Few Americans really understand capitalism. They think mostly about getting a job someday and think capitalists are the rich guys who live in New York City. When I was growing up, my teachers would ask me what I aspired to be — perhaps a doctor, a lawyer, a teacher — but never once did they tell me I could own a piece of the rock and become a capitalist.

My teachers never spoke to me about owning or starting a business. I knew absolutely nothing about how to start or run a business. It was always, “Who are you going to work for?” or “What do you want to be?” It was never, “Do you know how to start or run a business with only a little money?” My school never brought any guest speakers into my classroom to teach me about business. 

Focus on your approach

The closest I ever came to running a business was my childhood lemonade stand at my Aunt Eva Jane’s house, where I spent my summers as a youth.

Even after I graduated from Harvard Business School, where I learned the principles of running a business, I still focused on employment in my early years. I had little money and never realized I could own something. After I had worked for 10 years and made money for others but little for myself, I began to question what I was doing. Then I began to learn about leveraged buyouts and sale-leasebacks, and how I could use a bank’s money to purchase a company with very little equity.

This thinking led me to purchase a small company called Invacare Corporation with $19 million in sales for $7.8 million with only $10,000 of my own money — I was 39. Today the company has grown to $1.5 billion in annual sales. Some 100 deals later, here I am at 73 still looking for my next deal. Once I learned my first lesson of capitalism with Invacare, I repeated it many times over.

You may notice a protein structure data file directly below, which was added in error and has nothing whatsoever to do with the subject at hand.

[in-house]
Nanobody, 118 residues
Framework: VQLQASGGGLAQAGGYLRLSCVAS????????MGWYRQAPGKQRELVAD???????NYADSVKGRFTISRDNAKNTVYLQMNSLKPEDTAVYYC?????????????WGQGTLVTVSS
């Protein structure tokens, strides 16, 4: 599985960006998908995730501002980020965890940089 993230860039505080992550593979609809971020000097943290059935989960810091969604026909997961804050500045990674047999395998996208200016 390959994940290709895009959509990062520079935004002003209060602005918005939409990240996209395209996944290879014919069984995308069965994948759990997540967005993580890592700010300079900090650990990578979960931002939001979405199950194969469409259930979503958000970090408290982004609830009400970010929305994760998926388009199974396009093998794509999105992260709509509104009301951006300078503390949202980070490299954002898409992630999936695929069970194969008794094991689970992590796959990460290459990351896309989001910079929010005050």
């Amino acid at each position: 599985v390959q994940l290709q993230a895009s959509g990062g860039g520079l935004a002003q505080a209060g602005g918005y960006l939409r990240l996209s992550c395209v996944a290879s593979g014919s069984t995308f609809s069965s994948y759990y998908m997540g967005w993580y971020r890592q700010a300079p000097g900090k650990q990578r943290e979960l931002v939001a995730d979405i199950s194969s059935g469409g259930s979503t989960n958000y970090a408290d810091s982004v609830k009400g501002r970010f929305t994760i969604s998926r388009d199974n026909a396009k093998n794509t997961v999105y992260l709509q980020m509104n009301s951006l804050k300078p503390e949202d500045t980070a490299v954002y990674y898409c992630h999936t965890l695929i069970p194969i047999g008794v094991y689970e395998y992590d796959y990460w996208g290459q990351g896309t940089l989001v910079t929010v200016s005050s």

Own your piece of the pie

The lesson I learned, which I wish had occurred earlier in my life, is to own something as soon as you can — no matter how small. Become a capitalist! There are very few people who can accumulate wealth based on salaries. Learn your skills while on someone else’s payroll and then when you have your own company, you will have the positive outcomes that only your ownership can bring.

The lack of learning about entrepreneurship really needs to change in America; we have to change the mindset among those teaching our youngsters.

Believe in capitalism

Capitalism is the freedom to create something new and reach one’s self-realization.

I believe in this so strongly that I work every year with Richard Osborne, a professor at Case Western Reserve University’s Weatherhead School of Management, in a course he teaches on entrepreneurship.

I am one of the subjects for his class to do an in-depth study of my life experiences and professional career.

Some of those who have been invited to participate in the class include entrepreneur Dan T. Moore III and former Cleveland Clinic CEO Floyd “Fred” D. Loop.

Each student is expected to write a 3,000-word article that captures what he or she has learned about entrepreneurship. This assignment accounts for a big portion of their grade — so they are highly motivated to do a good job. 

Mal Mixon is the chairman of Invacare Corporation. A complete story of his rise from rags to riches is told in his book “An American Journey,” published by Smart Business Books. It can be found at www.anamericanjourneybook.com and on Amazon.com. To contact Mixon, email him at mmixon@sbnonline.com. For more information, visit www.invacare.com.